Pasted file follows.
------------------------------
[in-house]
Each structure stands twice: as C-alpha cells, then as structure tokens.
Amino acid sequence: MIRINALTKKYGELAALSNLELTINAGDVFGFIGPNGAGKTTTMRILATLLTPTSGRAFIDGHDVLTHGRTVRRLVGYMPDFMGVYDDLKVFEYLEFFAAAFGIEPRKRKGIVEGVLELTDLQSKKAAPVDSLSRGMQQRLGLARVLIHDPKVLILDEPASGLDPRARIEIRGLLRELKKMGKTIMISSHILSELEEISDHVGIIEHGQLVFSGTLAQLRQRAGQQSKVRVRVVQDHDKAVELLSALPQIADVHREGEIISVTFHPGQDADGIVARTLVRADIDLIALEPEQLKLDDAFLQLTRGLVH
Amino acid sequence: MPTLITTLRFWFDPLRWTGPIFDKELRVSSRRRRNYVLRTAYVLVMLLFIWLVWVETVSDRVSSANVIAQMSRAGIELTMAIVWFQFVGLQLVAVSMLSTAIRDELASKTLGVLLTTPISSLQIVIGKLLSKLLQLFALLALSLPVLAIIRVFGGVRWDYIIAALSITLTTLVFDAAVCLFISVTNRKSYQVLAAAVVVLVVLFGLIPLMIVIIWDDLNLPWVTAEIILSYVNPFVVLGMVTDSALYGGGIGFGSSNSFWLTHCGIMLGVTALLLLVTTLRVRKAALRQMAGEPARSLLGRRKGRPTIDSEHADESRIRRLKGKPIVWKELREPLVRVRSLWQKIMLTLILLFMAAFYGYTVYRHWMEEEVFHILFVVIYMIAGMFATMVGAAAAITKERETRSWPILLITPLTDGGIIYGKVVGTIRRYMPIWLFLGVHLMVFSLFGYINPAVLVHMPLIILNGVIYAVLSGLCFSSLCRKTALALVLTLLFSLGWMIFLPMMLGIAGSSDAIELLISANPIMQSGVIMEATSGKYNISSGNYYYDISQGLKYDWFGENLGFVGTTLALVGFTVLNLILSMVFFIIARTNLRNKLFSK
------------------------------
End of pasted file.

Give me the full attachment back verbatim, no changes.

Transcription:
[in-house]
Each structure stands twice: as C-alpha cells, then as structure tokens.
Amino acid sequence: MIRINALTKKYGELAALSNLELTINAGDVFGFIGPNGAGKTTTMRILATLLTPTSGRAFIDGHDVLTHGRTVRRLVGYMPDFMGVYDDLKVFEYLEFFAAAFGIEPRKRKGIVEGVLELTDLQSKKAAPVDSLSRGMQQRLGLARVLIHDPKVLILDEPASGLDPRARIEIRGLLRELKKMGKTIMISSHILSELEEISDHVGIIEHGQLVFSGTLAQLRQRAGQQSKVRVRVVQDHDKAVELLSALPQIADVHREGEIISVTFHPGQDADGIVARTLVRADIDLIALEPEQLKLDDAFLQLTRGLVH
Amino acid sequence: MPTLITTLRFWFDPLRWTGPIFDKELRVSSRRRRNYVLRTAYVLVMLLFIWLVWVETVSDRVSSANVIAQMSRAGIELTMAIVWFQFVGLQLVAVSMLSTAIRDELASKTLGVLLTTPISSLQIVIGKLLSKLLQLFALLALSLPVLAIIRVFGGVRWDYIIAALSITLTTLVFDAAVCLFISVTNRKSYQVLAAAVVVLVVLFGLIPLMIVIIWDDLNLPWVTAEIILSYVNPFVVLGMVTDSALYGGGIGFGSSNSFWLTHCGIMLGVTALLLLVTTLRVRKAALRQMAGEPARSLLGRRKGRPTIDSEHADESRIRRLKGKPIVWKELREPLVRVRSLWQKIMLTLILLFMAAFYGYTVYRHWMEEEVFHILFVVIYMIAGMFATMVGAAAAITKERETRSWPILLITPLTDGGIIYGKVVGTIRRYMPIWLFLGVHLMVFSLFGYINPAVLVHMPLIILNGVIYAVLSGLCFSSLCRKTALALVLTLLFSLGWMIFLPMMLGIAGSSDAIELLISANPIMQSGVIMEATSGKYNISSGNYYYDISQGLKYDWFGENLGFVGTTLALVGFTVLNLILSMVFFIIARTNLRNKLFSK